Seen&Heard Editor: Marc Bridle                              Founder Len Mullenger: Len@musicweb-international.com

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S & H Concert Review

Ravel, Brahms, Shostakovich, Kyung-Wha Chung (vln), Philharmonia Orchestra, Charles Dutoit, RFH, 27th February 2003 (MB)


Kyung-Wha Chung, one of the most graceful of violinists, has been absent from British concert halls for too long. However, whether Brahms’ great violin concerto is the ideal vehicle for this sometimes-temperamental player is questionable; throughout her performance one was struck by her less than empathetic approach to the deeper rooted ambivalences of the work.

In part this may be due to the comparative astringency of her tone; even moments such as the pure spun lyricism, played high on the E string, after the first movement cadenza, proved uninvolving with that rapt intensity switched for a more declamatory, harsh percussiveness. And percussiveness was noteworthy throughout the performance – there was a willingness to bow harder against the strings than is required, unfussy double string chords suggesting a technique somewhat struggling to cope with the demands of Brahms’ scoring and a lack of clarity in her articulation at key moments. In part it was a relief to hear a performance which lacked sheer beauty of tone (so often the norm in this work) and, if her playing owed more to Szigeti than Oistrakh, it did have an almost irresistible originality. There were many great individual moments – the depth of sonority she conjured from the G string being one of them, her replicated sweetness following the oboe’s second movement solo – but it remained an earthbound performance of one of the most beautiful of concertos.

Opening the concert was a lugubrious performance of Ravel’s Suite, Ma mère l’oye. Yet, even given the somewhat ponderous tempi, this was a performance which impressed with the beauty of the Philharmonia’s playing, the one constant throughout this concert. Characterful woodwind (and especially the sublime flute solos of Kenneth Smith) couldn’t fail to entice the listener into the shimmering slumber of Ravel’s enchanting, sometimes-oriental sound world. Radiant string tone, melancholic woodwind and magical brass glissandi were epic in making the fairytale all the more believable.

What made this concert utterly unforgettable, however, was a staggering performance of Shostakovich’s Fifth Symphony – quite simply the finest performance of the work I have heard in any concert hall, anywhere. The key to its greatness was the magnificent playing of the Philharmonia with every section (notably the brass) excelling themselves in a performance that was as powerful and explosive as it was intense and electrifying. With Dutoit by no means dragging tempi (as he can do latterly) his grip over the symphonic architecture of the work remained absolute (if not totalitarian).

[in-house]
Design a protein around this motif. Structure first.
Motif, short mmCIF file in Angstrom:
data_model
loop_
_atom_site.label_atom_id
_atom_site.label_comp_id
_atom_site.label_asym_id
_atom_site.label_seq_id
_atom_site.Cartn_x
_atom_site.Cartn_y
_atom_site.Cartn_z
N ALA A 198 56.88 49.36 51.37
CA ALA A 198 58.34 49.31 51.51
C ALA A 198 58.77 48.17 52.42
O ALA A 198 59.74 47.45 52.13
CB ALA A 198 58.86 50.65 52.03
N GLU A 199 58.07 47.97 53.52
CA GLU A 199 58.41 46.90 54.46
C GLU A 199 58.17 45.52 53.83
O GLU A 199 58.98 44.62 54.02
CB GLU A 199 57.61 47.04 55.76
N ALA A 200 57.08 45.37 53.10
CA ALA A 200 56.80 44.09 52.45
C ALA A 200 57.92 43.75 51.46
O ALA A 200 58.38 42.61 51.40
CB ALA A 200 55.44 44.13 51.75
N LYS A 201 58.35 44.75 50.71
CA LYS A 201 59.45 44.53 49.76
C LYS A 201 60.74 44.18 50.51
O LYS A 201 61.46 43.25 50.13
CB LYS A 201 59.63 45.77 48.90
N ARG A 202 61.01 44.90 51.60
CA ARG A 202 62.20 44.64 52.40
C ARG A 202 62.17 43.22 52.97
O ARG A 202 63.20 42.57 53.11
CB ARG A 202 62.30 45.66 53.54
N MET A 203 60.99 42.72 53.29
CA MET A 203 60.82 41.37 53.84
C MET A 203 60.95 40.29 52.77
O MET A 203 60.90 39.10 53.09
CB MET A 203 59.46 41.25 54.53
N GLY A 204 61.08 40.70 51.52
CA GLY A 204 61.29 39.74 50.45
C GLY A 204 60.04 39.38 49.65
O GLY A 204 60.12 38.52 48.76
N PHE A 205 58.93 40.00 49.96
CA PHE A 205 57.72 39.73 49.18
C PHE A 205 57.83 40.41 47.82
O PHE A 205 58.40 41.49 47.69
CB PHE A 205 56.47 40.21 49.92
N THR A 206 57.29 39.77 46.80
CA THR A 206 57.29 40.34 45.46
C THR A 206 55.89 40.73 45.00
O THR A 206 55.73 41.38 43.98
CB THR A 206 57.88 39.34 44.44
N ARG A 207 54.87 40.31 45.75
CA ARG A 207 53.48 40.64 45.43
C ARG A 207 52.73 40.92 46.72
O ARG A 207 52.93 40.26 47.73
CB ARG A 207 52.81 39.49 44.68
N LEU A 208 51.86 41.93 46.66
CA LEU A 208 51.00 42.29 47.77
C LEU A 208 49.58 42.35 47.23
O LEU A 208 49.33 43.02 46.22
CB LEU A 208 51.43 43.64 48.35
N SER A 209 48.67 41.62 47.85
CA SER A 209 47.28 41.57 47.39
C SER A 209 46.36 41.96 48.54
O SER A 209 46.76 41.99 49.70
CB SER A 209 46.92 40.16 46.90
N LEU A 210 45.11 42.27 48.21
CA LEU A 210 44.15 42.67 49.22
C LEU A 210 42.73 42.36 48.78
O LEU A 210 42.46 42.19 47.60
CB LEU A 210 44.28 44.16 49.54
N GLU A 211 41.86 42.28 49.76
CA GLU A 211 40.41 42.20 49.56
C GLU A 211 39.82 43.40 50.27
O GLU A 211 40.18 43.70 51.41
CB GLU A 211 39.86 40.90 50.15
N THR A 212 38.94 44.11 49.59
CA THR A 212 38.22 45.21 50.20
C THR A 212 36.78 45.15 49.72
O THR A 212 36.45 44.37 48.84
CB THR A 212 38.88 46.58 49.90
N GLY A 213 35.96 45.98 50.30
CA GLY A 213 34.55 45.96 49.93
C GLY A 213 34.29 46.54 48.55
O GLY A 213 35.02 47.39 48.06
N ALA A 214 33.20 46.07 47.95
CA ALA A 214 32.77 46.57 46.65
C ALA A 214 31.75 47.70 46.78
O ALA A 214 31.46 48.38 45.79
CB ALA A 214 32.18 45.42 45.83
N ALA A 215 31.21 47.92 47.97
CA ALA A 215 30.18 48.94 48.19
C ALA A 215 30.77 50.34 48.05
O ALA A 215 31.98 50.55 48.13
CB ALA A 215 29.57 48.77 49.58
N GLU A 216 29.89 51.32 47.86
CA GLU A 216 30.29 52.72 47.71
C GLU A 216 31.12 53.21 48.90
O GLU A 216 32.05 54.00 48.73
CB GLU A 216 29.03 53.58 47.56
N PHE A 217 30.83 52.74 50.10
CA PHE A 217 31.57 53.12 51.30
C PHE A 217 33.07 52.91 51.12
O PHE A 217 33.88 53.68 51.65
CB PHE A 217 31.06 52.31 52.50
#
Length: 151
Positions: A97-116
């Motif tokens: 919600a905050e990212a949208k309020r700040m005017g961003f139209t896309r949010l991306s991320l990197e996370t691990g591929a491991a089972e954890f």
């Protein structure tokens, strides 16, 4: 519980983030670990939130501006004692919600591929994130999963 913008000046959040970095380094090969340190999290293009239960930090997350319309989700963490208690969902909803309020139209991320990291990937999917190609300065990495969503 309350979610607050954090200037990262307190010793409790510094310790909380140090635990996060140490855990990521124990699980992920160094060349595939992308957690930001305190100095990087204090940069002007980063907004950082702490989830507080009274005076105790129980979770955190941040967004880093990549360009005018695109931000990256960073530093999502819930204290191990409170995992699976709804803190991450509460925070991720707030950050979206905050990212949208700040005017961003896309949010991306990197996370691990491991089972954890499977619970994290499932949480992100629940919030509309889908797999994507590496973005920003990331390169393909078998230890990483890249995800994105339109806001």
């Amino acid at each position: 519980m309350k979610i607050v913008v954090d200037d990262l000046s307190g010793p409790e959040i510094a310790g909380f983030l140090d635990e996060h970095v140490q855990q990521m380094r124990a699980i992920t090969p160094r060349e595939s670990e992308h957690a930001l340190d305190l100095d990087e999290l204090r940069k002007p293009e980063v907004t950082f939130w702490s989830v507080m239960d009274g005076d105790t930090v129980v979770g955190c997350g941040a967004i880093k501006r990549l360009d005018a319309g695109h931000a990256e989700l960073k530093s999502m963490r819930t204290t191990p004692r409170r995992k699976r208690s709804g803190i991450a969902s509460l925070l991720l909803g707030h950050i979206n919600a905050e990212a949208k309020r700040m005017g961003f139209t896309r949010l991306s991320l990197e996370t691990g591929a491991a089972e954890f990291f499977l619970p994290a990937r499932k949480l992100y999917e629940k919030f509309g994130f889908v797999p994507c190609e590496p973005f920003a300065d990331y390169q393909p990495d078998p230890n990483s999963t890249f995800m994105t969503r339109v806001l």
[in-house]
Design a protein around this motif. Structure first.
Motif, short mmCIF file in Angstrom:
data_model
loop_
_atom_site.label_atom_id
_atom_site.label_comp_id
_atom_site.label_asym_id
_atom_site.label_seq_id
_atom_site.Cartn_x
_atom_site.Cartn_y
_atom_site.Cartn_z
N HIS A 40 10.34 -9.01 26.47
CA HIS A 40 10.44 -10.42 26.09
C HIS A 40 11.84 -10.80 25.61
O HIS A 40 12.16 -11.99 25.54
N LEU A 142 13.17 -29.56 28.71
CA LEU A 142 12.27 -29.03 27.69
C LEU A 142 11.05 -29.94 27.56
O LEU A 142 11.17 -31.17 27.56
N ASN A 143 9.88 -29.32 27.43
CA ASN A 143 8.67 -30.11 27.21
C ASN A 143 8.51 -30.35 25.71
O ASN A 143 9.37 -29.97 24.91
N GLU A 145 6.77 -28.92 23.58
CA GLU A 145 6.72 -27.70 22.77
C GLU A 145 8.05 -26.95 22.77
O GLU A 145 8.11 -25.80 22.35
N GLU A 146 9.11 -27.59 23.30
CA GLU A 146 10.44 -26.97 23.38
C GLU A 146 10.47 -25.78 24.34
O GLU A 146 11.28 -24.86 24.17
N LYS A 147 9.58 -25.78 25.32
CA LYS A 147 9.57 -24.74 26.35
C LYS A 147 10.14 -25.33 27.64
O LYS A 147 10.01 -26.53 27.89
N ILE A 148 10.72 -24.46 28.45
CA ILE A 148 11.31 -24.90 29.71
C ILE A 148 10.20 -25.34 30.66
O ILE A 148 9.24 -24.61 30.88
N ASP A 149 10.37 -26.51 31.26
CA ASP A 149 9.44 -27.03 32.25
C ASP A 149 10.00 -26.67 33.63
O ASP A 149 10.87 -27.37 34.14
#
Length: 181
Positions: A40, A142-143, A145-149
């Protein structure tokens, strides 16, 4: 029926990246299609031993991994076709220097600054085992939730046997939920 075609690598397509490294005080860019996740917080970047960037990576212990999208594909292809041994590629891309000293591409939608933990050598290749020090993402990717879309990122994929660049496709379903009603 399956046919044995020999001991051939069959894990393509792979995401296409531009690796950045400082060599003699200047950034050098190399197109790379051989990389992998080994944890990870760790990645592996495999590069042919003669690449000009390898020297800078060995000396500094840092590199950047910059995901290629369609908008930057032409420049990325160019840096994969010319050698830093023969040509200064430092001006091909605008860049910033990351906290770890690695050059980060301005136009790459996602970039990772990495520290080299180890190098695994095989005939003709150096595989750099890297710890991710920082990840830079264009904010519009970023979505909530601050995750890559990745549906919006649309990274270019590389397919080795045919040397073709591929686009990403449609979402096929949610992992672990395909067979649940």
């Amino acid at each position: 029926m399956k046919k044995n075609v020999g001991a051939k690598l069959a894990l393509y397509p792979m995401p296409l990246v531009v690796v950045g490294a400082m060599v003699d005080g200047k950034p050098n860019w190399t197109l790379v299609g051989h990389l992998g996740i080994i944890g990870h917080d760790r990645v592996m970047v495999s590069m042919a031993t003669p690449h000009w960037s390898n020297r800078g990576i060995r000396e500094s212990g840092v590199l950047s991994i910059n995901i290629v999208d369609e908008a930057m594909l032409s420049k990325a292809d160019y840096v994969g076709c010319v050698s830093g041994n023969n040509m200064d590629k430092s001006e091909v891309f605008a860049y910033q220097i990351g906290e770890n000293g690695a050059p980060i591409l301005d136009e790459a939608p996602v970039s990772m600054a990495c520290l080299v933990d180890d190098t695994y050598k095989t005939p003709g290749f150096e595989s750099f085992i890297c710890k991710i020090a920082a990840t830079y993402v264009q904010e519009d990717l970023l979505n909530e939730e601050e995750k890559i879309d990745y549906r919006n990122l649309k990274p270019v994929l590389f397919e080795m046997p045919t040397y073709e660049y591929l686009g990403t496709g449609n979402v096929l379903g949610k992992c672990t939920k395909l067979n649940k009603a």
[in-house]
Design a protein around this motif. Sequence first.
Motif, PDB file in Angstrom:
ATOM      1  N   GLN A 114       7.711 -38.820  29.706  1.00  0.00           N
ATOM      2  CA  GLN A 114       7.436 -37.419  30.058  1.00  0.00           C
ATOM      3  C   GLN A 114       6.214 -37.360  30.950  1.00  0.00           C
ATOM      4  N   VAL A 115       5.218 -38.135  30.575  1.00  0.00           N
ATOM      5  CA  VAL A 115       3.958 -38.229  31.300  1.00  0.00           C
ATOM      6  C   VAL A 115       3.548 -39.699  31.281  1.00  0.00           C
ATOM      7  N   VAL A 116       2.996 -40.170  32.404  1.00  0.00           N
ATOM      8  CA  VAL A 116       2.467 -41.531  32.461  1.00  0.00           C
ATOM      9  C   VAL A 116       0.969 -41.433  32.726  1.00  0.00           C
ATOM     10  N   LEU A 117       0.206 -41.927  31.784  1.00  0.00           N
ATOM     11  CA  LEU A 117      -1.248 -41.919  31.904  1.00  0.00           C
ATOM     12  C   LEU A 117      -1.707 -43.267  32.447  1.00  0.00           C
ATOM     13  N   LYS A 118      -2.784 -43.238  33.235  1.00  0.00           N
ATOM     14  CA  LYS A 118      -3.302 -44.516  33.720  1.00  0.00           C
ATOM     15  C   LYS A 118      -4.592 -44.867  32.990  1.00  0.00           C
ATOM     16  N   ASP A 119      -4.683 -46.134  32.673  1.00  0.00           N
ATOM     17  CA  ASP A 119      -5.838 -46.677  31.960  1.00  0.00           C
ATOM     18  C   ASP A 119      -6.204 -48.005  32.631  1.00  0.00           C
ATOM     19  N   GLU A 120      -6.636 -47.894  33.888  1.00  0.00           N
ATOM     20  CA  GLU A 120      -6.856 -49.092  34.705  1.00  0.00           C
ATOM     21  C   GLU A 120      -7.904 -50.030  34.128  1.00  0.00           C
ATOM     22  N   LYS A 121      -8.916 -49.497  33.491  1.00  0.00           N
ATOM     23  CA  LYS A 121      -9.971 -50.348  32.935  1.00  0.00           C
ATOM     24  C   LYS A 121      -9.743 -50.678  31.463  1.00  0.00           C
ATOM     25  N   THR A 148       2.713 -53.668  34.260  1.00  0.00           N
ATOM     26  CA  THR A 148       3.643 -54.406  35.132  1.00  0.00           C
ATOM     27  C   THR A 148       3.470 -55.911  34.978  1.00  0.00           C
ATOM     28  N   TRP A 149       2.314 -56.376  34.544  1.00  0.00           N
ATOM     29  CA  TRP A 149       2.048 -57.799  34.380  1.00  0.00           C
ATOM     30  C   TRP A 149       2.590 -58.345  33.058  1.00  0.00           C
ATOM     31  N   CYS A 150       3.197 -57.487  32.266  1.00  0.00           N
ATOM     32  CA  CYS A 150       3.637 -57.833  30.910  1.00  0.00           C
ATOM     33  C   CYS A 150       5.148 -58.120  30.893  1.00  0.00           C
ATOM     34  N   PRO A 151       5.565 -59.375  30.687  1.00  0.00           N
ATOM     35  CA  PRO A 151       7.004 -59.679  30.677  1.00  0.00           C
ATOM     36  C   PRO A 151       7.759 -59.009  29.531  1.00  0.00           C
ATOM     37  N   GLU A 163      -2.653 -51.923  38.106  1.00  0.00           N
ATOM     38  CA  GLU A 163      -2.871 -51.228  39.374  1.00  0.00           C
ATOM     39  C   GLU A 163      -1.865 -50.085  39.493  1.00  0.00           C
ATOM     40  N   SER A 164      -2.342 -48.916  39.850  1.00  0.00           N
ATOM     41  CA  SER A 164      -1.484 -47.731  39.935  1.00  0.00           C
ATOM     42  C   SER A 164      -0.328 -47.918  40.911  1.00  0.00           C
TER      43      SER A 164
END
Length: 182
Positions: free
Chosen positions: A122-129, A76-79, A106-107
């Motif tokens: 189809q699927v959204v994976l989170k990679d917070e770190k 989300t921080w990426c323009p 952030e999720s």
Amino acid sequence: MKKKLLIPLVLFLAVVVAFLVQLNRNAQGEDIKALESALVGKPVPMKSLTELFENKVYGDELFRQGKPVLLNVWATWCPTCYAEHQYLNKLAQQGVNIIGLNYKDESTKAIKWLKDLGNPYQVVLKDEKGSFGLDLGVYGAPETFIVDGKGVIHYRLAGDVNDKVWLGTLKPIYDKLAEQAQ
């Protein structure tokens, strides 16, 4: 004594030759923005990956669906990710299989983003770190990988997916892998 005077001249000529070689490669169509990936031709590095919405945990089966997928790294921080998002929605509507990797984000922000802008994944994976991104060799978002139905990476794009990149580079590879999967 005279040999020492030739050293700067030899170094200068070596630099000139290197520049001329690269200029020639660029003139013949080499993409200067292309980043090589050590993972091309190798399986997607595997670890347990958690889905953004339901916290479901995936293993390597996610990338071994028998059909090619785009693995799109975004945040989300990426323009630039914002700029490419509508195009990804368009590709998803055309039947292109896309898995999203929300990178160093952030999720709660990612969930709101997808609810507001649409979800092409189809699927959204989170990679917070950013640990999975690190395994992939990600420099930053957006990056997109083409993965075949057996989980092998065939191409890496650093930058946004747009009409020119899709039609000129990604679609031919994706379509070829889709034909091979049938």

Perhaps the opening ‘cellos and basses didn’t quite have the extraordinary sonority of tone that Mravinsky brought to this work, but listening to the ‘cellos at the opening of the allegretto it was clear that they possessed the power to deliver gritty string playing of coal-black darkness. Moments such as the first movement’s climax and its disintegration into catastrophe brought with it plangent brass – not least from the magnificent tuba player, John Jenkins. Some might have found the brass during the first movement a little too trenchant but given the scope of this performance it was never less than appropriate; this was, after all, a performance which appealed because its anger was determinedly reactionary, almost declaiming this as a work antipathetic to the circumstances under which it was written.

Dutoit’s panoramic view of this symphony reached its apogee in the serenity of the Largo (an exquisite performance, in fact) where sublime high violins were achingly contrasted with the penumbral, dense harmony of the lower strings. Fabulous intonation over-emphasised the purity of Shostakovich’s string writing – during the raging middle section acerbic woodwind punctuated the whistling of the violins and stammering percussion with an unequivocal and mesmeric iciness. Ending in almost incendiary silence the sheer spellbinding beauty the orchestra and conductor unravelled in this movement was not only revelatory, but stunning. If this reviewer hears a performance of this movement which even gets half way to the transparency witnessed here he will be lucky indeed.

Launching straight into the Allegro non troppo, with considerable panache one should add, Dutoit built up the intensity swiftly. Peerless brass tone – with spectacular trombones – laced the movement with the full-girdled sound this symphony deserves, but rarely receives. The coda itself, with string playing of piercing, penetrating power, was almost schismatic. The last bars just blazed like an inferno rounding off a performance of astounding grip and power.

All the more tragic that this performance was neither recorded nor broadcast. In every way – conducting, playing and interpretation – it was world class.

Marc Bridle

 

 


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